Insane asylums were initially embraced because they held out the hope of curing the insane, rather than merely incarcerating them. Recovery rates were high at first, in the typically small asylums where doctors could devote themselves to patient care and set up individualized plans. Continue reading

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Stigma Attached to the Insane

Beggar, created by Jan van der Vliet

Beggar, created by Jan van der Vliet

Most people would not be ashamed of breaking a leg or falling ill with the flu, and their family members likewise would not mind the world knowing about either condition. However, the same kind of acceptance has rarely applied to mental afflictions. There are many reasons for this lack of acceptance, but early issues included the probability of “getting well” or being permanently cured of a mental problem. Continue reading

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Sorrow, Vice, and Thyroids

Many Physicians Believed Insanity Stemmed from Physical Causes

Some of the new ideas about insanity and ways to prevent it helped doctors believe in cures after a long period in which they had resigned themselves to believing that most insanity was chronic.

An article from the November 12, 1922 edition of The Washington Post quoted Dr. Toulouse, a renowned French alienist, who had founded the League for Mental Hygiene and Prophylaxis. He believed that “half the occupants of the world’s insane asylums are not mad, but diseased.” Continue reading

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Advances in Healing

Lister's New Disinfectant Method in Use

Important medical breakthroughs occurred during the 1800s. Especially important was the idea that disinfectants could help prevent the spread of disease in hospitals. Joseph Lister used carbolic acid to clean wounds and surgical instruments in hospitals, which brought deaths from infection down from 60% to about 4%. Many doctors scoffed at his ideas, but his success forced them to adopt his methods. Just a few years later, Louis Pasteur and Robert Koch developed the germ theory of disease. This was also revolutionary, since many doctors until then had no idea whatsoever about the mechanism of disease. Some thought illness generated spontaneously, while others thought the atmosphere could contain the elements of ill health or that certain personalities and physical attributes predisposed people to certain diseases.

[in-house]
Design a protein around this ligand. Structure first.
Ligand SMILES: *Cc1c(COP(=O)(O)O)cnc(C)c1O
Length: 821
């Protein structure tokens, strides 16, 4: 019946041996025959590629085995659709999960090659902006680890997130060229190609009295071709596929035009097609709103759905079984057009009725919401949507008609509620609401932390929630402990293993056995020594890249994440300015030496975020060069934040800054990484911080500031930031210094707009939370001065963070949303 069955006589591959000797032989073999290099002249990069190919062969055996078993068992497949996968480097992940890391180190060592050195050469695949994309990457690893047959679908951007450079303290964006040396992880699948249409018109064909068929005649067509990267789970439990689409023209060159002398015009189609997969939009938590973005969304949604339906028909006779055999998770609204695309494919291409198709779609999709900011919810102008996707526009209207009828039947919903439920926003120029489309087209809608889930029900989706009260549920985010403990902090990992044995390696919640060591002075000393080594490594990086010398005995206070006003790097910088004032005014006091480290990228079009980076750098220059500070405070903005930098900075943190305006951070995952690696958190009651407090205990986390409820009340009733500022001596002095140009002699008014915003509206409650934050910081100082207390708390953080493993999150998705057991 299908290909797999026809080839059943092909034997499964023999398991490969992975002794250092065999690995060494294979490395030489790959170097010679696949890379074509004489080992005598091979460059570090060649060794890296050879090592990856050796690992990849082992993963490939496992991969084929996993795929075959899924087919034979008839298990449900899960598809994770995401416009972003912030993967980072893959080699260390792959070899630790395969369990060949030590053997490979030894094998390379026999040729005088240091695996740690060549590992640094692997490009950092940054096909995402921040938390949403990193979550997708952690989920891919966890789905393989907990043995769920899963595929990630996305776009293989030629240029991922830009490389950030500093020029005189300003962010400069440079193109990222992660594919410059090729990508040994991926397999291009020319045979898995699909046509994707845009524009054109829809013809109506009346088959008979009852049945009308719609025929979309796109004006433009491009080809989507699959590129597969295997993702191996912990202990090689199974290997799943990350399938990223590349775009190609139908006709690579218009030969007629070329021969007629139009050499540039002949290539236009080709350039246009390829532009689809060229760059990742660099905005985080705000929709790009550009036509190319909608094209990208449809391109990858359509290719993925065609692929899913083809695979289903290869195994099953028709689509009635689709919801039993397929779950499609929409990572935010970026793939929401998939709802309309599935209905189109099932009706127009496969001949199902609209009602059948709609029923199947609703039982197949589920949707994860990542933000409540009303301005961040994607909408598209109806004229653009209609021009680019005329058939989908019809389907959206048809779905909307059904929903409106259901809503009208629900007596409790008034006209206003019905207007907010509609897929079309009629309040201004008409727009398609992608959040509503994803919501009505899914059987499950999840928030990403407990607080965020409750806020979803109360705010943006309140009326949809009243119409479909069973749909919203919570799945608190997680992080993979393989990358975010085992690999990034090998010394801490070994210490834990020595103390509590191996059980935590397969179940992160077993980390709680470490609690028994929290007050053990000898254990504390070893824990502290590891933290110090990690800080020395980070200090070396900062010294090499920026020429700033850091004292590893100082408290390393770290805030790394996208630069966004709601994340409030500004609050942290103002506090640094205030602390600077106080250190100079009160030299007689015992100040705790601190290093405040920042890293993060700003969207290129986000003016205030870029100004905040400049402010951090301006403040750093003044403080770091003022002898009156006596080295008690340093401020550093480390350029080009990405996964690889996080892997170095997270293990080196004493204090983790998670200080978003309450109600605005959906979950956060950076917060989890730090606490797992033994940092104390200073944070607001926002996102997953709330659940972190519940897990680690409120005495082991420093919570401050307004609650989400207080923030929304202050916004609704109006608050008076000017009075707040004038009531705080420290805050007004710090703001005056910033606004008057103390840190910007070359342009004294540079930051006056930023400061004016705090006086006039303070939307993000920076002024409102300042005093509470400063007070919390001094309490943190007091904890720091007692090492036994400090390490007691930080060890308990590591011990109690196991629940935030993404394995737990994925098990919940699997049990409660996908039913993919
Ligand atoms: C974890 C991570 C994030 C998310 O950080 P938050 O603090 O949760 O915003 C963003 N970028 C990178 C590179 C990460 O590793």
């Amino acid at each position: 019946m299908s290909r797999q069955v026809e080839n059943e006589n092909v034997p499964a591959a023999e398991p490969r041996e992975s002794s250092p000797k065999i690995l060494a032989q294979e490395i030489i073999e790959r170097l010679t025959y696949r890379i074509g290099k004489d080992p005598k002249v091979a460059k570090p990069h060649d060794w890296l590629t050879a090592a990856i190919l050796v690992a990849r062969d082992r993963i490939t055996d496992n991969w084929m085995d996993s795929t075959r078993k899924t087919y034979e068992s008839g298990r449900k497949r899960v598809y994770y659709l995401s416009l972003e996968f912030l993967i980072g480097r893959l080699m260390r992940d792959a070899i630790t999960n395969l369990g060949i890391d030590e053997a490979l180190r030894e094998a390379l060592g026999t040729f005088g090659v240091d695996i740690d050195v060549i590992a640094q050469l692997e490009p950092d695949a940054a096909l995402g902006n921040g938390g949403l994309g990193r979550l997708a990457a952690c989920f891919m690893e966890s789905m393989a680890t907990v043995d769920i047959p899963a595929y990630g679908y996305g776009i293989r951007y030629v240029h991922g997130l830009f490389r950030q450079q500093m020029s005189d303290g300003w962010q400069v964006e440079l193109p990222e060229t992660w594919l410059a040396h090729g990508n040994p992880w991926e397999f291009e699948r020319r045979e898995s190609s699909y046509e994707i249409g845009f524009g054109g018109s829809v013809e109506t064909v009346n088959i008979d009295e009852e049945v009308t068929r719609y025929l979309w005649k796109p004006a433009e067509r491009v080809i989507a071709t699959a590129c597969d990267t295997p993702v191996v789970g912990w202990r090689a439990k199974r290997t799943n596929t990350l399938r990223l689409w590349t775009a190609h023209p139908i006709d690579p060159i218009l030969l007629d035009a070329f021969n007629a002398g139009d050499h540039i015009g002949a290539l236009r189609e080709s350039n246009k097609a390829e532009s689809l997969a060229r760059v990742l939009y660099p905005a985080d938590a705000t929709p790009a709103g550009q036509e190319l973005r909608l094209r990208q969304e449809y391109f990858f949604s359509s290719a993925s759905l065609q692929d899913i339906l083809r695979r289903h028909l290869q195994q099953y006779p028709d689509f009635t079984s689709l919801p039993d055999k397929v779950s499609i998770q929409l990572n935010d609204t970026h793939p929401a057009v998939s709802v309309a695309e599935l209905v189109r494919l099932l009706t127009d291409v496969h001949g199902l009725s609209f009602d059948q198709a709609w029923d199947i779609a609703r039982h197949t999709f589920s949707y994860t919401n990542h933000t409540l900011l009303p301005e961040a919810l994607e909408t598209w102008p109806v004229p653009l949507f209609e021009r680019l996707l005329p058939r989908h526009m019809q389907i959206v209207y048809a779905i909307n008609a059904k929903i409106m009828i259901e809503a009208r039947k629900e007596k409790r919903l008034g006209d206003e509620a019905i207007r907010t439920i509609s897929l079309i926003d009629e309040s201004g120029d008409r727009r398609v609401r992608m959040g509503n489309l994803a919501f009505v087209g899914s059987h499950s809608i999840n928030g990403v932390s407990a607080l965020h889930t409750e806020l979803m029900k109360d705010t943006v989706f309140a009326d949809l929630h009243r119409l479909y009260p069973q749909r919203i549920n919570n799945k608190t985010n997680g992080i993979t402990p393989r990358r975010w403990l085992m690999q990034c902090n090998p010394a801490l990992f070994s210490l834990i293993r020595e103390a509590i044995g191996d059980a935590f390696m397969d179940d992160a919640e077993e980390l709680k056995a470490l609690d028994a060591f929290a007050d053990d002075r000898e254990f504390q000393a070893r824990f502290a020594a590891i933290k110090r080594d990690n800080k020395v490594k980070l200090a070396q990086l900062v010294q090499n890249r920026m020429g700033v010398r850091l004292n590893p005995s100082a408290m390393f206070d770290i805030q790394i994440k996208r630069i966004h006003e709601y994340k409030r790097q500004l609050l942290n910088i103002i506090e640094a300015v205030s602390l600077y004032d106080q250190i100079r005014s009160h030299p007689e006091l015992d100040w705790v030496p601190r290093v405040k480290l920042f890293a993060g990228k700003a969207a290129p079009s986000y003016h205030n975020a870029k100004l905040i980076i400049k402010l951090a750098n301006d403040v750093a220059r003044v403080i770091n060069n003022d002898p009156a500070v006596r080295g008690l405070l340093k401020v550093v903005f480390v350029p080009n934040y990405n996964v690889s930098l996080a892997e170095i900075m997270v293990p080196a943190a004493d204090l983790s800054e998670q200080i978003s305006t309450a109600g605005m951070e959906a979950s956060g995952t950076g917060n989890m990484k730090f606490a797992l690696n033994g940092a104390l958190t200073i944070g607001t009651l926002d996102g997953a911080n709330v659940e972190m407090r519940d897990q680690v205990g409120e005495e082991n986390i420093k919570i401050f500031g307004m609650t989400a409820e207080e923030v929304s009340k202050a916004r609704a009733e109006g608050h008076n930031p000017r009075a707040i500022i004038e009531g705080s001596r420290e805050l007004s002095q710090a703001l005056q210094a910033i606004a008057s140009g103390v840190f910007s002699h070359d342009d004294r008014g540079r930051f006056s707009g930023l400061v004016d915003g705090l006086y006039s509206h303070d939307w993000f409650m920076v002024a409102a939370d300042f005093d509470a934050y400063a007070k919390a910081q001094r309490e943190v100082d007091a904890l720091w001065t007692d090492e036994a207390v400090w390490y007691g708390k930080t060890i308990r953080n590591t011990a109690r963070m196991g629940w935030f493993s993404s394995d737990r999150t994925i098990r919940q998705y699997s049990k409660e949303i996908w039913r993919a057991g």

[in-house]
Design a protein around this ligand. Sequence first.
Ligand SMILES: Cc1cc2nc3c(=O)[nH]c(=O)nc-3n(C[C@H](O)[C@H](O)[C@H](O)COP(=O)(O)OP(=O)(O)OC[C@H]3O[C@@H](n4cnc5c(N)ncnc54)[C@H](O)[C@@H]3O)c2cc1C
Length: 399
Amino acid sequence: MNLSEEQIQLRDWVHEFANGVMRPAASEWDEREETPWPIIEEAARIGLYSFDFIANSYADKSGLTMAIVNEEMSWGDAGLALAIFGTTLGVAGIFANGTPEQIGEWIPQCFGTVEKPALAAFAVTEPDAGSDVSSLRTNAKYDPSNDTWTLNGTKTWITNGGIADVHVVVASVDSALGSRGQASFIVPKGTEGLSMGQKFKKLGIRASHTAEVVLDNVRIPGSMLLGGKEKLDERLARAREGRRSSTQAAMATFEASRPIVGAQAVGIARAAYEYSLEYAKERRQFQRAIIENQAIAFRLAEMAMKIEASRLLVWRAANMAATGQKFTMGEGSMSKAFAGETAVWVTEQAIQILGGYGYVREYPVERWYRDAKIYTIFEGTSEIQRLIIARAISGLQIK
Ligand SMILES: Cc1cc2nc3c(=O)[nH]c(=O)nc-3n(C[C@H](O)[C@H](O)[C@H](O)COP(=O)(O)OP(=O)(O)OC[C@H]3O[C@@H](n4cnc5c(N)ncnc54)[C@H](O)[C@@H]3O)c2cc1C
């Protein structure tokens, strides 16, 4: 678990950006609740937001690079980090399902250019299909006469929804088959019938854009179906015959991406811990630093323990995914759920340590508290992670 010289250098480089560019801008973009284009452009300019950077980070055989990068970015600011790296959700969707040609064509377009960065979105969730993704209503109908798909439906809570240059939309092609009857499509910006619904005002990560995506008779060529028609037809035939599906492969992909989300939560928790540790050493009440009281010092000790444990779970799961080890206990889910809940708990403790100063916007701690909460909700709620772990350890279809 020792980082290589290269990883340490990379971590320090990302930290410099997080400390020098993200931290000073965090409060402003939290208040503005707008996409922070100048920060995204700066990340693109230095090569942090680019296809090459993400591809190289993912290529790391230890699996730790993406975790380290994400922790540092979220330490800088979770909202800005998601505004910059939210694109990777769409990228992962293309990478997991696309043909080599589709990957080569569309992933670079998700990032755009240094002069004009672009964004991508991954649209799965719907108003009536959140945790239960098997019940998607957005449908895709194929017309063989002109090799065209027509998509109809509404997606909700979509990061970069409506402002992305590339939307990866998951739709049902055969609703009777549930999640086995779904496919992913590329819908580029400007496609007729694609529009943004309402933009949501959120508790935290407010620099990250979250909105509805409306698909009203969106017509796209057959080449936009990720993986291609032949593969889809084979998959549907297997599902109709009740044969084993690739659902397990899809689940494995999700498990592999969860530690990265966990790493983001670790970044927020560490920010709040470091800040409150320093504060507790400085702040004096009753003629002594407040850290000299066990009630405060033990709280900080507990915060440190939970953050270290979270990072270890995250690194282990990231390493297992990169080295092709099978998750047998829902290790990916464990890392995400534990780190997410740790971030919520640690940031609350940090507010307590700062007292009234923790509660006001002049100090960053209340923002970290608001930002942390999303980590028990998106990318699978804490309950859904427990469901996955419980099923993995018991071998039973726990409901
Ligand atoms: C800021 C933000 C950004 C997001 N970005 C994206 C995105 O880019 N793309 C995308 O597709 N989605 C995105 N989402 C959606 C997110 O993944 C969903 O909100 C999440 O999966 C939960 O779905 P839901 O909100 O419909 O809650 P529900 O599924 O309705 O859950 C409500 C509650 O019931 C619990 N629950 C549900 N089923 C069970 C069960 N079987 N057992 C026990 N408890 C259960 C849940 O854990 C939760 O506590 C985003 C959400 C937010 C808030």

In 1879, researchers developed a vaccine for cholera. Before the turn of the century, vaccines were developed for anthrax, rabies, tetanus, diphtheria, typhoid, and plague. It must have seemed that science had conquered–or would soon conquer–all the ills of mankind. It was a hopeful time, which led both medical doctors and alienists (specialists in treating diseases of the mind) to believe that few conditions were beyond treatment and cure.

Joseph Lister

Robert Koch, courtesy National Library of Medicine

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Attitude Is Everything

Officials Wanted to Keep Unfit People Out of the U.S., courtesy missouri.edu

Many people, both lay and professional, passionately debate the very essence of insanity. Some people believe that insanity is mainly a social construct, which can change over time as society itself changes. That is, what was once considered insane is now accepted as normal, or vice versa. Are there truly “insane” behaviors which every society, in every time period, agrees are insane? If not, how can insanity really be established if its definition changes over time?

This societal construct particularly gave trouble for those who didn’t fit mainstream society and weren’t protected by laws or tests which took culture or country into account. Early immigrants often faced criticism as they tried to integrate into American culture. Their different ways were either seen as merely odd or “foreign” and tolerated, or were actively disdained and suppressed. The real problem arose when someone with particularly odd behavior came to the attention of authorities. When the question of insanity arose, the standard that immigrants were judged against was not their own culture and what was accepted within it, but by the Anglo-based white culture in their new country. When immigrants came before an insanity commission or a typical alienist, they often did not present themselves to advantage. If the suspected lunatic could not speak English well, acted out nervousness and fear in odd ways, or refused to answer questions due to fear or confusion, heĀ  helped build a case for his insanity.

Ellis Island, courtesy Library of Congress

Immigrants Waiting Examination, courtesy Library of Congress